Gastric adenocarcinoma is the second leading cause of cancer-related death in the world. The strongest risk factor for the development of gastric cancer is chronic inflammation induced by the bacterial pathogen Helicobacter pylori. Adherence of H. pylori to gastric epithelium is a critical step for establishing persistence and permitting survival of this bacterium within the gastric mucosa. Sequence analysis of H. pylori genomes has revealed a large number of predicted outer membrane proteins, many of which have been identified as adhesins, important in H. pylori pathogenesis. This large repertoire of adhesins likely influences virulence of H. pylori by promoting pathologic microbial-host cell interactions. Decay-accelerating factor (DAF) or CD55 is a protein that protects cells from complement-mediated lysis and is also recognized as a receptor by a number of microbial pathogens. DAF was recently identified by our laboratory as a novel receptor that mediates adherence of H. pylori to host epithelial cells. DAF is significantly upregulated in the presence of H. pylori and contributes to H. pylori-mediated gastric inflammation in murine models of gastric cancer. H. pylori-mediated gastric inflammation is dependent on the presence of DAF, as DAF-deficient mice exhibited no inflammation compared with wild-type mice. Recent in vitro work in our lab has revealed a limited number of H. pylori candidate proteins that interact with recombinant DAF. We hypothesize that DAF-mediated adherence of H. pylori to the gastric epithelium is dependent on these microbial proteins and that these interactions activate host cell signaling pathways that are involved in the progression of gastritis to gastric adenocarcinoma. Therefore, the Specific Aims of this application are (1) to define H. pylori constituents required for DAF-mediated adherence to gastric epithelial cells;(2) to identify DAF-mediated H. pylori-induced host cell alterations and tight junction disruption;and finally (3) to determine the role of DAF and DAF-binding adhesins in H. pylori- mediated inflammation, gastric injury, and development of gastric cancer in vivo. The overall aim of this grant application is to further elucidate the complex interactions between H. pylori and host cells that result in progression toward gastric cancer, with the ultimate goal of identifying novel bacterial and/or host targets for prevention and/or therapy of H. pylori-mediated carcinogenesis.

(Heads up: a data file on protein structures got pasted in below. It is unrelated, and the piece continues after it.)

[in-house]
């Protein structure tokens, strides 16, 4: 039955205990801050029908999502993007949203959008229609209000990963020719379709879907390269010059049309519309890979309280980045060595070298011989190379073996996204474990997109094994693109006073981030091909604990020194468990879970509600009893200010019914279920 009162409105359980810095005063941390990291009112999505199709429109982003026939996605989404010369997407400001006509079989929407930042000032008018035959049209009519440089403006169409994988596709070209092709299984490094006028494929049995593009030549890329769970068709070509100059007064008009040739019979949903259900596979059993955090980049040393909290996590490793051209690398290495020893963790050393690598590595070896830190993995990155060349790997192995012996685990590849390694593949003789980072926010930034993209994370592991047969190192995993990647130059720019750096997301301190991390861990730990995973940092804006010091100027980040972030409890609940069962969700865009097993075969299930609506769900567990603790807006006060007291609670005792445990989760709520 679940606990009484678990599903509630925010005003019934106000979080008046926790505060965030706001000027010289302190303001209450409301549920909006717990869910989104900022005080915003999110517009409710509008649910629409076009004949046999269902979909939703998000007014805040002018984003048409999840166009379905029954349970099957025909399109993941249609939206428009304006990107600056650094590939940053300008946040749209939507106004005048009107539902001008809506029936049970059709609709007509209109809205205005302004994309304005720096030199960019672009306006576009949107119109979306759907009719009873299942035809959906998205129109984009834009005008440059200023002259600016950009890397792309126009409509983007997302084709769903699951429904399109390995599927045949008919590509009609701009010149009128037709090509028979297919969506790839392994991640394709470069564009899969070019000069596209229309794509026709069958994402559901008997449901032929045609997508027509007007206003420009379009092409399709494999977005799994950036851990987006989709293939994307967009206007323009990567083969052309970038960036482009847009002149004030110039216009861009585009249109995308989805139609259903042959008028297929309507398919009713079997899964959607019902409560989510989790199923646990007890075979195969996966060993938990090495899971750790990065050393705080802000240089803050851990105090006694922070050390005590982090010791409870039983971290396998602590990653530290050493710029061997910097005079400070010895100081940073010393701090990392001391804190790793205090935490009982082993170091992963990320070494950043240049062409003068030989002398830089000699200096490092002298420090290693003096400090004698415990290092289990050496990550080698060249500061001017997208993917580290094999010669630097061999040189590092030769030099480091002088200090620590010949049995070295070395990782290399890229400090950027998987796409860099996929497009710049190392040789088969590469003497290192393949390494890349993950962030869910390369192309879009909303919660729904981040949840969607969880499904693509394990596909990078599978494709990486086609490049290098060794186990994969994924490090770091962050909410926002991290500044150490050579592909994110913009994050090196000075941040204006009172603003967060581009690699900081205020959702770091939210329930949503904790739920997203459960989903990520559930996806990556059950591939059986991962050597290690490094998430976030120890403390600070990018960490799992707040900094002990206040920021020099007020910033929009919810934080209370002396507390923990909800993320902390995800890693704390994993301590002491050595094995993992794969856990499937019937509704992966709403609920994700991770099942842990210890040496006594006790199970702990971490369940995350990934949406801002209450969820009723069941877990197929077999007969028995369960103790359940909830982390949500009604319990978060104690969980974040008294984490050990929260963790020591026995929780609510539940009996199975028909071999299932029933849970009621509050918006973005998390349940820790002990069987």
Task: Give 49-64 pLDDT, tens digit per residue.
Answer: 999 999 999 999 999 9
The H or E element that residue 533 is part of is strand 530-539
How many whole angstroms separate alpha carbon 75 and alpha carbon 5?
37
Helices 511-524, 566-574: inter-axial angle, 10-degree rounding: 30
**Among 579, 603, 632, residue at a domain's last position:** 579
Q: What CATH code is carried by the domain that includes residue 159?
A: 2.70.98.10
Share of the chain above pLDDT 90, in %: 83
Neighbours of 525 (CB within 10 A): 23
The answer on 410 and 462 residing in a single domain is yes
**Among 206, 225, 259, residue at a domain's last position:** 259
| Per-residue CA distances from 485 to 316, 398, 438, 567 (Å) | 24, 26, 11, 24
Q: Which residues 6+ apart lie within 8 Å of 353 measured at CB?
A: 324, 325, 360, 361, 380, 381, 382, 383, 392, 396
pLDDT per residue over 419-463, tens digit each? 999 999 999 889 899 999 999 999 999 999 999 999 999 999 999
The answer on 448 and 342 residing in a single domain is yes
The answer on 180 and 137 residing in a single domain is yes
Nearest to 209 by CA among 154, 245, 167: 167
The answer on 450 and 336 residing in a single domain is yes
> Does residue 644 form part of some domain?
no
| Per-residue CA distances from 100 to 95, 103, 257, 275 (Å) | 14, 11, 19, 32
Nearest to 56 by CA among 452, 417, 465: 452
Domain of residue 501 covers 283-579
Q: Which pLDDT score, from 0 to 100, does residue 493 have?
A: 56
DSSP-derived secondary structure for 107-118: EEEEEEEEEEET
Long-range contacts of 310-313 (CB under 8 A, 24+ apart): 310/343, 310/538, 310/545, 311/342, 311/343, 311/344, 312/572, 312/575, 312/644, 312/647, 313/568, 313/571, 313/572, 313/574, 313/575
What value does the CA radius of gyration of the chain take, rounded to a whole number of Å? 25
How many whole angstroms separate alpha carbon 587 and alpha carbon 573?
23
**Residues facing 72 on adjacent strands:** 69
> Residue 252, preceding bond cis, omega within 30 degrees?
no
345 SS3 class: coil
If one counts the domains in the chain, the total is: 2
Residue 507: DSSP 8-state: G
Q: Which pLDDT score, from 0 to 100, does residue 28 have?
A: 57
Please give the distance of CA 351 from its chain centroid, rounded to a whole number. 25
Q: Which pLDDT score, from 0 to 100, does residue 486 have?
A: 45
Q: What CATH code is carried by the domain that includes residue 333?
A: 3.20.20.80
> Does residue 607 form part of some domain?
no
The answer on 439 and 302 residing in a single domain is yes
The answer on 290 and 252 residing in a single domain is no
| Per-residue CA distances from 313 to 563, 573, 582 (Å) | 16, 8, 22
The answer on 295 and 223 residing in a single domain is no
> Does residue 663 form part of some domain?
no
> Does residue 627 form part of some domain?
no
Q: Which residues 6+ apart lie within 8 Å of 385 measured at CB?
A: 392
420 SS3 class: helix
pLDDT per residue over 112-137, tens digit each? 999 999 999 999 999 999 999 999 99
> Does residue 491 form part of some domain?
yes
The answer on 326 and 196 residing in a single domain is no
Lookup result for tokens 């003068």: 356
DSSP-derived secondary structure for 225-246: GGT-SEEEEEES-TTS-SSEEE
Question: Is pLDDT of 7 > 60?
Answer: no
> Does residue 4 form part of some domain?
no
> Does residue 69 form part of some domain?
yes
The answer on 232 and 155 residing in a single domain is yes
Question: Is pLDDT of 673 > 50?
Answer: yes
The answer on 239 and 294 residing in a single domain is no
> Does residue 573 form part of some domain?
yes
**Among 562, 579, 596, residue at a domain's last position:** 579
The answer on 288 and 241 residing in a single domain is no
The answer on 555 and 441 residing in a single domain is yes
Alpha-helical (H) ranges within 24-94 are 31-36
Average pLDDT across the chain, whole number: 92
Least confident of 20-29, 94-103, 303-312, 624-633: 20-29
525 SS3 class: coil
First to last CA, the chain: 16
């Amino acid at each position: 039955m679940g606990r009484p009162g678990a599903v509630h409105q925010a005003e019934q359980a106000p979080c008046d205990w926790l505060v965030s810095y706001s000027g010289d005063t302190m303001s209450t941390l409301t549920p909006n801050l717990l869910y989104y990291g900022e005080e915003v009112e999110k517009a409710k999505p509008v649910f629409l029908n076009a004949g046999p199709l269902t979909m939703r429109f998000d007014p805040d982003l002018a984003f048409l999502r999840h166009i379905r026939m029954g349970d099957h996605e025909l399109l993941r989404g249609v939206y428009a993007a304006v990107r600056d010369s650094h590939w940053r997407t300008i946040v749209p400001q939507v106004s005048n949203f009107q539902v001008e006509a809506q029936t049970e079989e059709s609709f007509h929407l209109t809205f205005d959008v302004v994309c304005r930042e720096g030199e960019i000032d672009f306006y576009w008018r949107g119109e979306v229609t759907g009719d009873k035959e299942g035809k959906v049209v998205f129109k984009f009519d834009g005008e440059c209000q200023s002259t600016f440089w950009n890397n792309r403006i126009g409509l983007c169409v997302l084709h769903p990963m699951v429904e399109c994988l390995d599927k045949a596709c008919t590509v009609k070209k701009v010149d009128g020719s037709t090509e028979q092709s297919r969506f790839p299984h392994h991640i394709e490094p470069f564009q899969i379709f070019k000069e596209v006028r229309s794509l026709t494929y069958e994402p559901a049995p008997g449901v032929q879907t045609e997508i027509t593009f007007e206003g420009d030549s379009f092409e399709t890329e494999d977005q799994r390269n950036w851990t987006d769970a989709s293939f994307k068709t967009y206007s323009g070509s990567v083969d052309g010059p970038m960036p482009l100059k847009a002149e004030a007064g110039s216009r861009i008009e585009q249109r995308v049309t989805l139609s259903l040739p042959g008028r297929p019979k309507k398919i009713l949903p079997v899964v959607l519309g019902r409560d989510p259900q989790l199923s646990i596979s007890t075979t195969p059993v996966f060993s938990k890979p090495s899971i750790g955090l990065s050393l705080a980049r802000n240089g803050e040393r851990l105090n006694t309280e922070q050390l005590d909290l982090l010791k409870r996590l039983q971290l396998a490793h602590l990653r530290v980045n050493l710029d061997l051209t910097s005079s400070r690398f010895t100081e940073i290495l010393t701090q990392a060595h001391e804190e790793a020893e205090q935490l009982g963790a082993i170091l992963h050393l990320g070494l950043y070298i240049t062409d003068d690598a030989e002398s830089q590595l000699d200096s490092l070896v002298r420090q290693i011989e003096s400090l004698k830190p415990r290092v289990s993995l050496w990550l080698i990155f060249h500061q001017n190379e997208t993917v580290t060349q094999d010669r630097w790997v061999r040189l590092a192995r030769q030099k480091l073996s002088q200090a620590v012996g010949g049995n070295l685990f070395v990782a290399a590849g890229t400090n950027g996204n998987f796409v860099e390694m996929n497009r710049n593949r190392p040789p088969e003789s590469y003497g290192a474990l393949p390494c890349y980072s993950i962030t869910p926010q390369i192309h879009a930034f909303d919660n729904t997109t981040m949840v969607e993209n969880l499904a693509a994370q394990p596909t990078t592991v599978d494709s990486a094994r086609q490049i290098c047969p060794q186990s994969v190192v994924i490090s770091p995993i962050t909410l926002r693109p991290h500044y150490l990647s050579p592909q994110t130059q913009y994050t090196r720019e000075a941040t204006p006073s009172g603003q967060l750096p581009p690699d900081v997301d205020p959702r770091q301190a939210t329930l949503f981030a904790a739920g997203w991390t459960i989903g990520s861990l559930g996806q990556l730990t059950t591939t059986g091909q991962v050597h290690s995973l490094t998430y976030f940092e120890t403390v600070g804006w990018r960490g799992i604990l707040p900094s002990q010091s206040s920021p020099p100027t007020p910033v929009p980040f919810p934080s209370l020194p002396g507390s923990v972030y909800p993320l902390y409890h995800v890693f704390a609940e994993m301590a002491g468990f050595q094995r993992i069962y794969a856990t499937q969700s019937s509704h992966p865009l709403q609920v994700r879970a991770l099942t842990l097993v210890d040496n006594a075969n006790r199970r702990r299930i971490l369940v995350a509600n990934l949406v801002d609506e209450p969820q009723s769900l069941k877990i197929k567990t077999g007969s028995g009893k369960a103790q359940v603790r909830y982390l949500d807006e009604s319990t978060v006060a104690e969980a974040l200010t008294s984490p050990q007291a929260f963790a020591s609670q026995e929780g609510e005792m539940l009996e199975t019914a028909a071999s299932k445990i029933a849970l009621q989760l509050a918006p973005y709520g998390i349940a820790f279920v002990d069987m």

The strongest known risk factor for gastric cancer is colonization by the bacterial pathogen Helicobacter pylori. Preliminary studies have demonstrated the importance of a host protein Decay-accelerating factor (DAF) in H. pylori colonization and chronic inflammation. Therefore, these studies will define H. pylori factors critical for DAF-mediated colonization and delineate the importance of this interaction in H. pylori-induced carcinogenesis.
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